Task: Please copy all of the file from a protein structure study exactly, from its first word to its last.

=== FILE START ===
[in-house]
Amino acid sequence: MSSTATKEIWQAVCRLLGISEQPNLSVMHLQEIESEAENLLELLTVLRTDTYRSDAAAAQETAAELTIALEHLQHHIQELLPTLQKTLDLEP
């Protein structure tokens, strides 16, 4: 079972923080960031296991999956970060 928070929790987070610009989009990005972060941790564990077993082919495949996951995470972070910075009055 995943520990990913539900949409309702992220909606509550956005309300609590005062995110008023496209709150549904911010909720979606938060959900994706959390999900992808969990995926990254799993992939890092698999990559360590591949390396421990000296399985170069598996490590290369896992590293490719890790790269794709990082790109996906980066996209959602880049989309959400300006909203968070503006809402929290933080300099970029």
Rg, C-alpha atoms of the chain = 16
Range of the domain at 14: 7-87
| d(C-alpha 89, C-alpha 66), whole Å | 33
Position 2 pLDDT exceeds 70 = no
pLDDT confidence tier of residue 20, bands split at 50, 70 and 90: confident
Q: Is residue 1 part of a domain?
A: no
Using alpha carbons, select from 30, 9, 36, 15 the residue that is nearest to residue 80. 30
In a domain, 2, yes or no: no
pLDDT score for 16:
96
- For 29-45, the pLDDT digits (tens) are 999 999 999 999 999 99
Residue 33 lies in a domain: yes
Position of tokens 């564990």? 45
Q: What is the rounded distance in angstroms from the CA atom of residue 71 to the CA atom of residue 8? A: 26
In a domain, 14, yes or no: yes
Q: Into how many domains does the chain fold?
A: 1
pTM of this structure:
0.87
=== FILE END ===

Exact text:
[in-house]
Amino acid sequence: MSSTATKEIWQAVCRLLGISEQPNLSVMHLQEIESEAENLLELLTVLRTDTYRSDAAAAQETAAELTIALEHLQHHIQELLPTLQKTLDLEP
């Protein structure tokens, strides 16, 4: 079972923080960031296991999956970060 928070929790987070610009989009990005972060941790564990077993082919495949996951995470972070910075009055 995943520990990913539900949409309702992220909606509550956005309300609590005062995110008023496209709150549904911010909720979606938060959900994706959390999900992808969990995926990254799993992939890092698999990559360590591949390396421990000296399985170069598996490590290369896992590293490719890790790269794709990082790109996906980066996209959602880049989309959400300006909203968070503006809402929290933080300099970029």
Rg, C-alpha atoms of the chain = 16
Range of the domain at 14: 7-87
| d(C-alpha 89, C-alpha 66), whole Å | 33
Position 2 pLDDT exceeds 70 = no
pLDDT confidence tier of residue 20, bands split at 50, 70 and 90: confident
Q: Is residue 1 part of a domain?
A: no
Using alpha carbons, select from 30, 9, 36, 15 the residue that is nearest to residue 80. 30
In a domain, 2, yes or no: no
pLDDT score for 16:
96
- For 29-45, the pLDDT digits (tens) are 999 999 999 999 999 99
Residue 33 lies in a domain: yes
Position of tokens 């564990």? 45
Q: What is the rounded distance in angstroms from the CA atom of residue 71 to the CA atom of residue 8? A: 26
In a domain, 14, yes or no: yes
Q: Into how many domains does the chain fold?
A: 1
pTM of this structure:
0.87